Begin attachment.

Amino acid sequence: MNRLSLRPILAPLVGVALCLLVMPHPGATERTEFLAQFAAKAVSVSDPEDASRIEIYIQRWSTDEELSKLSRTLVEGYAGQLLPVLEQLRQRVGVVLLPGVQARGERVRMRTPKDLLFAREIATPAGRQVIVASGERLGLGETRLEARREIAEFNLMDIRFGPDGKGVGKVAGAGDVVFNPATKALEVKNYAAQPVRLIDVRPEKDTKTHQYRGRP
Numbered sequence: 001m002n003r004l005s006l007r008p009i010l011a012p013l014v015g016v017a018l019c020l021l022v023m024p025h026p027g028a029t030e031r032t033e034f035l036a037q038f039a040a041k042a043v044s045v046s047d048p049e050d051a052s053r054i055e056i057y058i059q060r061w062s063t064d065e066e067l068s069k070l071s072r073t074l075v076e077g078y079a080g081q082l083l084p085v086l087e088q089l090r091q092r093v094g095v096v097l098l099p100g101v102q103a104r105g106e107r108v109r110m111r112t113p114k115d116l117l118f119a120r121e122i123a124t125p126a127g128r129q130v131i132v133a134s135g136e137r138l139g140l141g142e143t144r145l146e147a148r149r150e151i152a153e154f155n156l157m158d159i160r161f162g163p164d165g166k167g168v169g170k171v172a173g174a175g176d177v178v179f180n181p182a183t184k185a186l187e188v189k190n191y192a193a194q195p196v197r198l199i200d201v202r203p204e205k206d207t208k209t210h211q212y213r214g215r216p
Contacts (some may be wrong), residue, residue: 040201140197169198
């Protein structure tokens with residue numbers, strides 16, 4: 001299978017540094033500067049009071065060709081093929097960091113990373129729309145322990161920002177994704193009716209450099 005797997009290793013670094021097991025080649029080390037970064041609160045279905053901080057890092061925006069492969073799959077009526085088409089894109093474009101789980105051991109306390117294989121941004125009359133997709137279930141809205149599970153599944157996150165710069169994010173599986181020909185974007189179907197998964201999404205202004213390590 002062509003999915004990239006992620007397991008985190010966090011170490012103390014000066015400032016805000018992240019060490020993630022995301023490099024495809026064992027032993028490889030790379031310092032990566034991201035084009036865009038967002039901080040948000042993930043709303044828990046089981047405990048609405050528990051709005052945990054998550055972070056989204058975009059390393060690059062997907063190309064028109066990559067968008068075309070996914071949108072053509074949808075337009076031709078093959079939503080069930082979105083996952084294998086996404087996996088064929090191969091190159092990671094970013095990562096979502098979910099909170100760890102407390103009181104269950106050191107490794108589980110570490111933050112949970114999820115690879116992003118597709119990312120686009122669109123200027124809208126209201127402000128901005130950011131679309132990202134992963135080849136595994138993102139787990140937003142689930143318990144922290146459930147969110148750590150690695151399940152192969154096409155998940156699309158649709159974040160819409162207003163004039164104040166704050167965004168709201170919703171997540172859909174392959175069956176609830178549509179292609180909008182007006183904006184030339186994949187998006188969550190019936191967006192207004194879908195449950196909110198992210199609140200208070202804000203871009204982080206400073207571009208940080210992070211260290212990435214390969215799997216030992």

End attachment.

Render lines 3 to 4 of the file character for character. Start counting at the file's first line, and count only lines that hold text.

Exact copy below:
Contacts (some may be wrong), residue, residue: 040201140197169198
């Protein structure tokens with residue numbers, strides 16, 4: 001299978017540094033500067049009071065060709081093929097960091113990373129729309145322990161920002177994704193009716209450099 005797997009290793013670094021097991025080649029080390037970064041609160045279905053901080057890092061925006069492969073799959077009526085088409089894109093474009101789980105051991109306390117294989121941004125009359133997709137279930141809205149599970153599944157996150165710069169994010173599986181020909185974007189179907197998964201999404205202004213390590 002062509003999915004990239006992620007397991008985190010966090011170490012103390014000066015400032016805000018992240019060490020993630022995301023490099024495809026064992027032993028490889030790379031310092032990566034991201035084009036865009038967002039901080040948000042993930043709303044828990046089981047405990048609405050528990051709005052945990054998550055972070056989204058975009059390393060690059062997907063190309064028109066990559067968008068075309070996914071949108072053509074949808075337009076031709078093959079939503080069930082979105083996952084294998086996404087996996088064929090191969091190159092990671094970013095990562096979502098979910099909170100760890102407390103009181104269950106050191107490794108589980110570490111933050112949970114999820115690879116992003118597709119990312120686009122669109123200027124809208126209201127402000128901005130950011131679309132990202134992963135080849136595994138993102139787990140937003142689930143318990144922290146459930147969110148750590150690695151399940152192969154096409155998940156699309158649709159974040160819409162207003163004039164104040166704050167965004168709201170919703171997540172859909174392959175069956176609830178549509179292609180909008182007006183904006184030339186994949187998006188969550190019936191967006192207004194879908195449950196909110198992210199609140200208070202804000203871009204982080206400073207571009208940080210992070211260290212990435214390969215799997216030992």